What I saw through the microscope was good enough for court, the striations of the Warrenton shaving in one field of light matching the striations of the shaving in the other. Clearly, the same tool had shaved something made of magnesium in both homicide cases. The question was what this tool might be, and because the shavings were so thin, one had to consider a sharp blade of some type. Sinclair made several Polaroid photographs for me and slid them into glyassine envelopes.
'Okay, now what?' Marino asked as he followed me through the center of the firearms lab, past scientists busy processing bloody clothing under biohazard hoods, and others examining a Phillips screwdriver and machete at a big U-shaped counter.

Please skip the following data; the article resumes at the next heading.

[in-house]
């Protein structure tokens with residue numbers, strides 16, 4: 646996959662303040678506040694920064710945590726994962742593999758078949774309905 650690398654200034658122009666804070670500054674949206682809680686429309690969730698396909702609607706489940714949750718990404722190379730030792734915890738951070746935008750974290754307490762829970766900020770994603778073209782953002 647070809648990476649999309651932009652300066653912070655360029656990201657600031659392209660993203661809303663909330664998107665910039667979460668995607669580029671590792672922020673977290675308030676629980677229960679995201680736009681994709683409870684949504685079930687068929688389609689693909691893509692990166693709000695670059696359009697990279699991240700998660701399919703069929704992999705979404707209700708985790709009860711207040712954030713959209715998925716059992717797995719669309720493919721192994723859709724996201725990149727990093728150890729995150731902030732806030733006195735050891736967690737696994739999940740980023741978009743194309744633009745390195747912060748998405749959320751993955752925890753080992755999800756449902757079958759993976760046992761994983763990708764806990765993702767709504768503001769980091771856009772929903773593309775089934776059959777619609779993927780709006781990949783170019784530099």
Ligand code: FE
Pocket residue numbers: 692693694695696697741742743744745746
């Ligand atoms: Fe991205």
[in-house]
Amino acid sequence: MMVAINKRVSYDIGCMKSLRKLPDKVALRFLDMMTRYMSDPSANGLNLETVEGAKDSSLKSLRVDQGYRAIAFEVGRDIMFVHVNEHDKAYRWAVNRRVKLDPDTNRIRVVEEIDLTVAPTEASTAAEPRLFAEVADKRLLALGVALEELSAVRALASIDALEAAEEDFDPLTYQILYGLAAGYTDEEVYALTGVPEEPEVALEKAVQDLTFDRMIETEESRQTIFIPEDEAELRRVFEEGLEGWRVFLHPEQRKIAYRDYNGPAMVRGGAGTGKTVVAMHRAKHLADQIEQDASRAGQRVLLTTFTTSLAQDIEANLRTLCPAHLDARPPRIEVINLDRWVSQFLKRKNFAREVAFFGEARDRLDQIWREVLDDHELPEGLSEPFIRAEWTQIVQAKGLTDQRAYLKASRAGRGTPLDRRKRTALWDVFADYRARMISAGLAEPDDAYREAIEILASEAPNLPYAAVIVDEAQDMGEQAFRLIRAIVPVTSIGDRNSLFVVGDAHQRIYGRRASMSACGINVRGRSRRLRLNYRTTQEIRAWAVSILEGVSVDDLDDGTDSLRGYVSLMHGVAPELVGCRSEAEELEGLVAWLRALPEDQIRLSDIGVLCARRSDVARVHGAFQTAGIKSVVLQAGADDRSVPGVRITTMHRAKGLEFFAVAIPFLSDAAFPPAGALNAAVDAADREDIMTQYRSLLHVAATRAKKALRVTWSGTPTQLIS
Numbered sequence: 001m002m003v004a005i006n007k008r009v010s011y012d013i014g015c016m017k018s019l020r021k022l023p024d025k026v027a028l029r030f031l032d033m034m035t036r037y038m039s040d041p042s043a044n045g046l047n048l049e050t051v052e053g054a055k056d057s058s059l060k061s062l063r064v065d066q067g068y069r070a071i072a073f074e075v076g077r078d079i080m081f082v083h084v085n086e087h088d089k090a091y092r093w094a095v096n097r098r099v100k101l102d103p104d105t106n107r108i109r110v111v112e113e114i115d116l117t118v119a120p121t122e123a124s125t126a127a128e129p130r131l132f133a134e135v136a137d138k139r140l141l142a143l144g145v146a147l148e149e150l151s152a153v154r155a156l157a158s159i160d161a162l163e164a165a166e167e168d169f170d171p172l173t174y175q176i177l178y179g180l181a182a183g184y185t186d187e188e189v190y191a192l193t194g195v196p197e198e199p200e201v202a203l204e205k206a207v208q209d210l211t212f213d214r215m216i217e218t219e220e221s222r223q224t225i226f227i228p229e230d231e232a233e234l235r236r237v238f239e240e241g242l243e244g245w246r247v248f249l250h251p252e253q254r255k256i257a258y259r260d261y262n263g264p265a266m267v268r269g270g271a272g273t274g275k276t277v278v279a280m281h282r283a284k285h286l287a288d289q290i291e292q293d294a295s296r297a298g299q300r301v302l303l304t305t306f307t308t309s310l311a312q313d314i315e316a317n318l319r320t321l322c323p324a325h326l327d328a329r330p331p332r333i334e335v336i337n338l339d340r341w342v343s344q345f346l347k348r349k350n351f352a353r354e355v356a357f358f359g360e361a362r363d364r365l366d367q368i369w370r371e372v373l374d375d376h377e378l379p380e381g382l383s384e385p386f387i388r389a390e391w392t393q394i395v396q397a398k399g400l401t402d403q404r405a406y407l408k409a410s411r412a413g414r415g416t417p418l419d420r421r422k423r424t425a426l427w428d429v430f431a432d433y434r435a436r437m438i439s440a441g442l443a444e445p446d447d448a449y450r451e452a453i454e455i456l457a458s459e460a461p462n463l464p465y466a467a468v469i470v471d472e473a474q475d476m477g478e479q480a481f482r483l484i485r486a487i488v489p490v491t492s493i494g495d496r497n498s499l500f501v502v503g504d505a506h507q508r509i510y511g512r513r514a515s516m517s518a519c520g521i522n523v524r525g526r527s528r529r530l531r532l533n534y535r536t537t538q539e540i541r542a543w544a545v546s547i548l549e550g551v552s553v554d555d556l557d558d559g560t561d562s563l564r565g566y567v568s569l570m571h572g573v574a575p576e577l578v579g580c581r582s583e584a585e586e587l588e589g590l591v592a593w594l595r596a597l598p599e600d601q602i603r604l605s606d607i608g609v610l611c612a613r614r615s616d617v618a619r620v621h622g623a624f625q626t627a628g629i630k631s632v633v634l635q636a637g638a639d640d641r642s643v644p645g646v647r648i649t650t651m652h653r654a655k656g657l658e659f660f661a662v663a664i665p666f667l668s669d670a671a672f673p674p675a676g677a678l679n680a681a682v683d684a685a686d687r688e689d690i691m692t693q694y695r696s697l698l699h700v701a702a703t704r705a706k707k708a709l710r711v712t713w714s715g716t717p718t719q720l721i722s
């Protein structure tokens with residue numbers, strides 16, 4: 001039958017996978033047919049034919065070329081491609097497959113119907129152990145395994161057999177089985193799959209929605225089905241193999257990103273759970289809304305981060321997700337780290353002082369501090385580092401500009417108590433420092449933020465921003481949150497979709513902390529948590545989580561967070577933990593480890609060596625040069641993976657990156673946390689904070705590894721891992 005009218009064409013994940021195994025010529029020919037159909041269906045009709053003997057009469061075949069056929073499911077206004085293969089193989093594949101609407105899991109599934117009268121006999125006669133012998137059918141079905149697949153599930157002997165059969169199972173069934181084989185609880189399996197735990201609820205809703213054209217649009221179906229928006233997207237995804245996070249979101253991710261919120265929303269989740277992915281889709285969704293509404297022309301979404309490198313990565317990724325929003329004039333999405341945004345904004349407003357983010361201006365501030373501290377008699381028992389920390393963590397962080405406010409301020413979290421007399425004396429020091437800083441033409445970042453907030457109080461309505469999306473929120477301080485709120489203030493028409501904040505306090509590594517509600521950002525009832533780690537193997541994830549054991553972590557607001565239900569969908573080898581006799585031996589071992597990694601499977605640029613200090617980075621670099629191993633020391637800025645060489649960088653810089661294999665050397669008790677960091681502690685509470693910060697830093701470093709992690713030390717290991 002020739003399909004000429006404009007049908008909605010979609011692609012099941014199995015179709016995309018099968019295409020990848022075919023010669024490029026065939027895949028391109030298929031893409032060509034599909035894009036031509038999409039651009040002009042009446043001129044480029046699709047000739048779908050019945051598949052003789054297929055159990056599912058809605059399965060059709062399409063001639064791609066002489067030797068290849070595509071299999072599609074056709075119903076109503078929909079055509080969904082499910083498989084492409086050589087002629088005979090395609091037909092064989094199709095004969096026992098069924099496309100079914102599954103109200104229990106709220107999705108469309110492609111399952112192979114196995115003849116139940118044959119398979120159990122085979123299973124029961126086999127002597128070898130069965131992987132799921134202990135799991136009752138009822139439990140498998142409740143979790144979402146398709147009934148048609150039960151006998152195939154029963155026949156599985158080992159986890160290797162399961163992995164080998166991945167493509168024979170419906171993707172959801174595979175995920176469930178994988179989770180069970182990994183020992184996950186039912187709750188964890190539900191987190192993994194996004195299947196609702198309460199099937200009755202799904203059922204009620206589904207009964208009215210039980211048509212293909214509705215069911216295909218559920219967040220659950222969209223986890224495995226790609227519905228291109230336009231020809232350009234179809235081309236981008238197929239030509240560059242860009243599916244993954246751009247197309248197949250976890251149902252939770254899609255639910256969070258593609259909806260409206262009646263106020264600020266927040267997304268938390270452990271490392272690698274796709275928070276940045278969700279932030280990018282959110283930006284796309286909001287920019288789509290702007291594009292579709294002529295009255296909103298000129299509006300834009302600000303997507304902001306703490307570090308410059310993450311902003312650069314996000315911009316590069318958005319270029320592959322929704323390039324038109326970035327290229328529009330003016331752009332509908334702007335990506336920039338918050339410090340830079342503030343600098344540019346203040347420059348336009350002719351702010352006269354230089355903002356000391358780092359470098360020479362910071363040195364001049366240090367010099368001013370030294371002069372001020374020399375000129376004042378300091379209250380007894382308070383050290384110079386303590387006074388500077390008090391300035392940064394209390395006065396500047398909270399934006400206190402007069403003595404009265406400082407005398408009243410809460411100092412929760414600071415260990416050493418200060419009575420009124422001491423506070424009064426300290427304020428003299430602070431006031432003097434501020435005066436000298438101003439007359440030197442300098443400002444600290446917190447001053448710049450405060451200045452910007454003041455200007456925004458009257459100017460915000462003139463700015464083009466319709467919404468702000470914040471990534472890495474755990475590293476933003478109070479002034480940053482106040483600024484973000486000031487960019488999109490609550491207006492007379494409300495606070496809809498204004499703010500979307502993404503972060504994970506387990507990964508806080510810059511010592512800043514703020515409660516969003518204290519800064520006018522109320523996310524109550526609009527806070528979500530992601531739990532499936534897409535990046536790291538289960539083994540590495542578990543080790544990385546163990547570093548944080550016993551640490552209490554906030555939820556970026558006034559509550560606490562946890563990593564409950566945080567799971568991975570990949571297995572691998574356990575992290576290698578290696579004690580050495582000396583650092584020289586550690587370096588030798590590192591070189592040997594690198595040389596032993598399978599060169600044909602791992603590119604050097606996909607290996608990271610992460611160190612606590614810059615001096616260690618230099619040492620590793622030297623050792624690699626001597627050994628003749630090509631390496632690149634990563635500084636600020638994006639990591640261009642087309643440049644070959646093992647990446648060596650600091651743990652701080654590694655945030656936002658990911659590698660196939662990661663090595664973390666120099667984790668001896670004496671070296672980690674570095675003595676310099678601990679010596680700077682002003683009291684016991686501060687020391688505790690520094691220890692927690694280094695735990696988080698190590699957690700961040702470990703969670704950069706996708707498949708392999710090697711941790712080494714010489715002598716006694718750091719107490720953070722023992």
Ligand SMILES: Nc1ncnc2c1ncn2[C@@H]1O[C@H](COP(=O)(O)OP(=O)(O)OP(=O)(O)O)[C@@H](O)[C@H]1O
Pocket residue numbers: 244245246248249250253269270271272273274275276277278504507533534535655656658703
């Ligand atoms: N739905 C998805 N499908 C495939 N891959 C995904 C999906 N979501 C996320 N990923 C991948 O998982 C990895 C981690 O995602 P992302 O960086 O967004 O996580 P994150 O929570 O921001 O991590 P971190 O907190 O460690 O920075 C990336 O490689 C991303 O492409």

'Now I go shopping,' I said.
I did not slow down as I talked but, in fact, was getting more frantic because I knew I was getting closer to reconstructing what Carrie or her accomplice or someone had done.
'What do you mean, shopping?'
Through the wall I could hear the muffled bangs of test fires in the range.
'Why don't you check on Lucy?' I said. 'And I'll get back to both of you later.'
'I don't like it when you do this later shit,' Marino said as elevator doors parted. 'That means you're running around on your own and poking your nose in things that maybe you shouldn't. And this ain't the time for you to be out on the street with nobody around. We got not a clue where Carrie is.'
'That's right, we don't,' I said. 'But I'm hoping that's going to change.'
We got out on the first floor, and I headed with purpose to the door leading to the bay, where I unlocked my car. Marino looked so frustrated, I thought he might launch into a tantrum.
'You want to tell me where the hell you're going?' he demanded at the top of his voice.